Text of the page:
15 In Central Asia/ Photo Inspiration/ Uzbekistan

20 Photos to Inspire You to Visit Uzbekistan

I spent a year living and working in Uzbekistan. And, like most people, I didn’t know much about the country before moving there. I quickly learned that Uzbekistan is unlike any other place I’ve lived in or travelled to. As I bumbled around the country from one mishap to another, I quickly fell in love with its beautiful strangeness.

Uzbekistan has an ancient history along The Great Silk Road.

One of nomadic cultures, trade, Islamic traditions, mathematics, beautiful architecture and soviet legacies. It’s a country of many contrasts. From Tashkent’s massive and cold soviet building blocks next to inviting green parks and wide boulevards, to its historic blue-tiled Islamic madrasahs which stand in contrast against the barren desert. It’s a police state marked by human rights abuses. But yet, as a tourist, it feels warm and welcoming.

In this post I’ve included some of my favorite photos that I took while I lived in Uzbekistan.

From the ancient cities of Samarkand, Bukhara, and Khiva, out across the remote Karakalpakstan desert to the almost non-existent Aral Sea, and to Zaamin National Park in the east. There are so many historical sights and unique regions to visit!

20 photos to inspire you to visit Uzbekistan:

A view over the city of Khiva on a rainy day

Looking up at Miri Arab Madrasah in Bukhara

The Lyabi House Hotel in Bukhara – breakfast is served on their beautiful terrace!

The remnants of what used to be a fishery on the outskirts of the town of Moynaq, near where the Aral Sea use to be

The ship grave yard, near the former fishing town of Moynaq, in what was once the Aral Sea

The famous Registan in the centre of Samarkand, once a central city along the Great Silk Road

A common scene – stuck in sheep traffic

Sher Dor Madrasah in Samarkand

A man herding his camels near the remote town of Nukus, which is the capital of the autonomous Karakalpakstan Republic

Always posing hard in front of the beautiful tile 😉

Kalyan Mosque in Bukhara

Looking out across the mountains in Zaamin National Park

A view into the courtyard at Kalyan Mosque

The train from the capital of Uzbekistan, Tashkent, to Lake Charvak

Zaamin Reservoir near Zaamin National Park

The Museum of Victims of Political Repression in Tashkent, which is meant to tell the history of Uzbekistan during Soviet Union times

Miri Arab Madrasah in Bukhara

Read More on Uzbekistan:

Along the Great Silk Road: Bukhara, Uzbekistan

Along the Great Silk Road: Khiva, Uzbekistan

The Aral Sea Disaster

You Might Also Like


  • Reply
    October 21, 2017 at 9:33 am

    Wow..we have been planning for a while…love the pictures

    • Reply
      Eleonore Everywhere
      October 21, 2017 at 12:02 pm

      Enjoy your trip 🙂

  • Reply
    October 21, 2017 at 9:42 am

    Loved this! I have always wanted to travel through the Stan countries..the Aral Sea story is tragic but fascinating and it must be surreal to see.

    • Reply
      Eleonore Everywhere
      October 21, 2017 at 12:02 pm

      Incredibly tragic – and insane that it has disappeared so quickly – but also, as you said, fascinating and surreal to see. I also hope I can visit more of Central Asia one day! Xx

  • Reply
    October 21, 2017 at 10:07 am

    Uzbekistan looks like such an interesting country, with its beautiful architecture and all. Your photos are amazing. Makes me want to pack my bags and go ASAP <3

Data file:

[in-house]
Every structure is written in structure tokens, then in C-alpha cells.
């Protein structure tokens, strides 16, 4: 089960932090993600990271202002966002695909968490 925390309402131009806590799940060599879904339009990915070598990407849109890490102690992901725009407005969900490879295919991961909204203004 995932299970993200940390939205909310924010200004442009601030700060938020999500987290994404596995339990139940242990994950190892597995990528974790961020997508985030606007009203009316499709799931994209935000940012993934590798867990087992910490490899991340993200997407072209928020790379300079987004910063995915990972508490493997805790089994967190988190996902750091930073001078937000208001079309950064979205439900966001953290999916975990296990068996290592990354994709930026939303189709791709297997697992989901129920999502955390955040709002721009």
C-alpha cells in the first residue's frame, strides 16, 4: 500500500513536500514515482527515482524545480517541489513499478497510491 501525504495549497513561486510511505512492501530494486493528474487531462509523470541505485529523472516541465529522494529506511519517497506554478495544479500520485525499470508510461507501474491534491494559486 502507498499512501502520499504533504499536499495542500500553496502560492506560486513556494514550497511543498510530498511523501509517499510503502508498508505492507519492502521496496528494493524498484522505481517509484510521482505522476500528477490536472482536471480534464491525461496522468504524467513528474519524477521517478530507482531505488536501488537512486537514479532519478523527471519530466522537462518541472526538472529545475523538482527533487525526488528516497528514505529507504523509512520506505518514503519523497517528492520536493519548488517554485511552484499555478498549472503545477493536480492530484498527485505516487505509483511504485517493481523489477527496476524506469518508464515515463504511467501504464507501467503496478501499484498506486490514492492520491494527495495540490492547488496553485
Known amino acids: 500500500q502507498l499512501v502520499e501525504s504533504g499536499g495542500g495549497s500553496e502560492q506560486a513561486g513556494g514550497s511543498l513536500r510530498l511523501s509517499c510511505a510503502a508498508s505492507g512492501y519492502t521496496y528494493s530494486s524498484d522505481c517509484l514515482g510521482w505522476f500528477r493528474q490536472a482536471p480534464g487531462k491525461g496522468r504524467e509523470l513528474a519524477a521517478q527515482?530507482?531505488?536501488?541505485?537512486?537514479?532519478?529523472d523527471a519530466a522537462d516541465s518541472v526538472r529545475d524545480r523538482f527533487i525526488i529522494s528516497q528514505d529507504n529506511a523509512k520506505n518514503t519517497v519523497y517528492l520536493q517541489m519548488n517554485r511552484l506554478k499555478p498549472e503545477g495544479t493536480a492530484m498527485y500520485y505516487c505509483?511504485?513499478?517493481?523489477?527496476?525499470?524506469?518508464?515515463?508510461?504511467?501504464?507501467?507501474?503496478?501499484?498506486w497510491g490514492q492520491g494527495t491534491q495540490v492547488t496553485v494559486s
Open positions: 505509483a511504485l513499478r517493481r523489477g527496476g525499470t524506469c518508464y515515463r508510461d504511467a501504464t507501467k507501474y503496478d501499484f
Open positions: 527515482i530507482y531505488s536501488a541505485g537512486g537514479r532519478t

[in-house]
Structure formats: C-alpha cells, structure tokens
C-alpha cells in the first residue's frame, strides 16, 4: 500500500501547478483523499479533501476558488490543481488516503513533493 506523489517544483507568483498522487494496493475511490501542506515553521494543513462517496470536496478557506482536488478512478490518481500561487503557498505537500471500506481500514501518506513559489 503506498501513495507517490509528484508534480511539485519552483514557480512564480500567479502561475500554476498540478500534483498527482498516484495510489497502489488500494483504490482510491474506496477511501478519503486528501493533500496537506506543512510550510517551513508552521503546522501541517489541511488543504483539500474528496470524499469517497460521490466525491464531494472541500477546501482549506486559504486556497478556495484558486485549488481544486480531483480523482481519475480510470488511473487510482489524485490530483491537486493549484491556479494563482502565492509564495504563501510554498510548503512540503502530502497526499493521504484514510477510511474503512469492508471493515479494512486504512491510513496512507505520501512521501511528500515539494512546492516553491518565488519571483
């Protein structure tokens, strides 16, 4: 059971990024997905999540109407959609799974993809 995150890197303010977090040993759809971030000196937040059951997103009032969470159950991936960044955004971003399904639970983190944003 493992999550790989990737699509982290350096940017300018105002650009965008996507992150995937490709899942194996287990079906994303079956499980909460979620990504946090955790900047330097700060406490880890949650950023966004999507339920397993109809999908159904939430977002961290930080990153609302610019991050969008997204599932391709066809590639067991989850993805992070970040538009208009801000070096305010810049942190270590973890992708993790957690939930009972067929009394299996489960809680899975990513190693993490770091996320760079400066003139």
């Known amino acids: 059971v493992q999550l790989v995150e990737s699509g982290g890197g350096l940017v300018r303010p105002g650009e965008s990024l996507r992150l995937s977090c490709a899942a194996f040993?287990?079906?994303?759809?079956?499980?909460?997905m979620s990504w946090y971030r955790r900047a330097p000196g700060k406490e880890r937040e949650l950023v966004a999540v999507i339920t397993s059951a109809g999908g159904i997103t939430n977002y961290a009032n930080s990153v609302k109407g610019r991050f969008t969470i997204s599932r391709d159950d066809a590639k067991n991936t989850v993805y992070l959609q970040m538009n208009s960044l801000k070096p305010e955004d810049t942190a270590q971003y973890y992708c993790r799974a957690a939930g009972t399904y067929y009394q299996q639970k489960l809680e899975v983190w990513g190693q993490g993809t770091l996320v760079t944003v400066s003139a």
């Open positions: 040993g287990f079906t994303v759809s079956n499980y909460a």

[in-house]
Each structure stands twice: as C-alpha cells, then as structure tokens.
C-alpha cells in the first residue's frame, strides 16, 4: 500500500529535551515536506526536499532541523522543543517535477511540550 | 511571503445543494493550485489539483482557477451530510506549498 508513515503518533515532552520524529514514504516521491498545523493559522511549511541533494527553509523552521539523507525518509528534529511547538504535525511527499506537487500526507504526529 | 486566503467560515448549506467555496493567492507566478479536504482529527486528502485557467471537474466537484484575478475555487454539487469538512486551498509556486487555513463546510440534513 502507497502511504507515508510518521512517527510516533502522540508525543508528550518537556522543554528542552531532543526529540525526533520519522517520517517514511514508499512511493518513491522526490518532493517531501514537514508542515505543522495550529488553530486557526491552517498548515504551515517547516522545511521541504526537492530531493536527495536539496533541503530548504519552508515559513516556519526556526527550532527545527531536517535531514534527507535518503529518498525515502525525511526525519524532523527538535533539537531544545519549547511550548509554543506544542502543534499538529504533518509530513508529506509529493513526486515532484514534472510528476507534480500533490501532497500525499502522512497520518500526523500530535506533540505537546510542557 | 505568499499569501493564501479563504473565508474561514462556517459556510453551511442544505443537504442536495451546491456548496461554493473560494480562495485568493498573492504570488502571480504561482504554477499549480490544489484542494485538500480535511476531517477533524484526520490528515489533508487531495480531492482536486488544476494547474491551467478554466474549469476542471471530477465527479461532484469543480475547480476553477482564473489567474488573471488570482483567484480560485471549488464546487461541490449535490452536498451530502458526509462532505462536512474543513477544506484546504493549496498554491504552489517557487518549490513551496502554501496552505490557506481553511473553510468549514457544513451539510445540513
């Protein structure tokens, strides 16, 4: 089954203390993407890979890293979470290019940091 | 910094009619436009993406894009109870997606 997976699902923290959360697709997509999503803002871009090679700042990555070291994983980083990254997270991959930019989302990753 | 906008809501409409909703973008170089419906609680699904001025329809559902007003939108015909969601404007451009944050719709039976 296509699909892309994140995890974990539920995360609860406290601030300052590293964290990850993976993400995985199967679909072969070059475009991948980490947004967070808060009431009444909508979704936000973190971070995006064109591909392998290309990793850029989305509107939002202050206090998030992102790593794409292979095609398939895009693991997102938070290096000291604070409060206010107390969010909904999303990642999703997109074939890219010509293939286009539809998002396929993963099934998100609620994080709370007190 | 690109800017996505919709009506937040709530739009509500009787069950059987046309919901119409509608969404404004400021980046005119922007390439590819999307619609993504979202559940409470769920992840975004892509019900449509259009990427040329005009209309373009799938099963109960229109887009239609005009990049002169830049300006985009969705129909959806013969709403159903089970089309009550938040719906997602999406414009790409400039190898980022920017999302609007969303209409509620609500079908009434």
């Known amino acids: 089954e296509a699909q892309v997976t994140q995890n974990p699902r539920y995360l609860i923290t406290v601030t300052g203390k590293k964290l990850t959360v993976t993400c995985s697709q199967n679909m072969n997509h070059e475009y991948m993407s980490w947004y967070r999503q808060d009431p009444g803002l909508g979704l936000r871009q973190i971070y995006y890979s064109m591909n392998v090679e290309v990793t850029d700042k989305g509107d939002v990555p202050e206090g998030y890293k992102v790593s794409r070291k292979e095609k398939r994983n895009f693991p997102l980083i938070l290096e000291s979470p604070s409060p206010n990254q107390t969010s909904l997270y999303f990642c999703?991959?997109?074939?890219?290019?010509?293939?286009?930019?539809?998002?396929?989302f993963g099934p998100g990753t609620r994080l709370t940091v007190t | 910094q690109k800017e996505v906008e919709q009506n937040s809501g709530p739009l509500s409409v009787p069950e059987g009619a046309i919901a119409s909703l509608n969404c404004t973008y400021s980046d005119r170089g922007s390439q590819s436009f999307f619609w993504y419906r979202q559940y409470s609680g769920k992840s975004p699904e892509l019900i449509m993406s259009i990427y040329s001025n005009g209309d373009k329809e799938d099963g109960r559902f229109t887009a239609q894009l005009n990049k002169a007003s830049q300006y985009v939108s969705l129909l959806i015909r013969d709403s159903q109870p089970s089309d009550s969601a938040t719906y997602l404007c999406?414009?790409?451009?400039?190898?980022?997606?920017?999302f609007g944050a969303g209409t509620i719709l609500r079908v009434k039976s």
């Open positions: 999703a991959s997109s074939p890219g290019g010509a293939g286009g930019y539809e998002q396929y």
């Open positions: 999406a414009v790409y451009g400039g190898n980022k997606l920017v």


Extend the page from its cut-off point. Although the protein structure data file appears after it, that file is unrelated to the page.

• Reply
      Eleonore Everywhere
      October 21, 2017 at 12:01 pm

      Thank you, Kristine 🙂

  • Reply
    Kristen Tcherneshoff
    October 21, 2017 at 11:18 am

    What part of Uzbekistan were you living in? And what’s the top place you would recommend visiting? (As I currently look at travel info and flight costs….)

    • Reply
      Eleonore Everywhere
      October 21, 2017 at 12:00 pm

      I lived in the capital of Tashkent (not the most beautiful city in Uzbekistan by a long stretch – a lot of the beautiful old architecture there was destroyed by an earthquake and replaced with communist style buildings during the soviet era). Samarkand is amazing and a short train ride from Tashkent. I would recommend visiting the Karakalpakstan desert and the area that was formerly the Aral Sea (tragic but fascinating). Bukhara and Khiva are also beautiful cities – very similar in terms of architecture. Zaamin National Park is beautiful – there is also lots of other hiking in the eastern part of the country. The Fergana Valley is also beautiful! Hope that helps! Xx Eleonore

  • Reply
    October 21, 2017 at 4:43 pm

    Lovely photos Elenore! The ship graveyard in the Aral seems like a parallel universe. The Zaamin Reservoir looks like somewhere I have to be soon.

  • Reply
    October 21, 2017 at 5:01 pm

    Omg your photos are amazing! I’ve always wanted to come to this country, but have yet to find the time and money to make it happen. It’s def high on my bucket list!

  • Reply
    October 21, 2017 at 5:53 pm

    I honestly had never considered visiting Uzbekistan, but you totally changed my mind! These photos are stunning. The ship graveyard is so eerie, and the mosques are gorgeous! Thanks for opening my eyes to this place.

  • Reply
    October 21, 2017 at 5:59 pm

    Oh my gosh, so beautiful!! Uzbekistan was always kind of on my list, but now it definitely is!

  • Reply
    October 21, 2017 at 11:41 pm

    Your photos are really incredible! I know very little about Uzbekistan, but looking at what you’ve posted has certainly inspired me to think about visiting.

  • Reply
    October 22, 2017 at 12:34 pm

    Well Uzbekistan might now be super high on my “Must Visit Country” list due to this post! How cool that you lived here!

  • Reply
    October 22, 2017 at 2:59 pm

    These photos are so beautiful! Love it!

  • Leave a Reply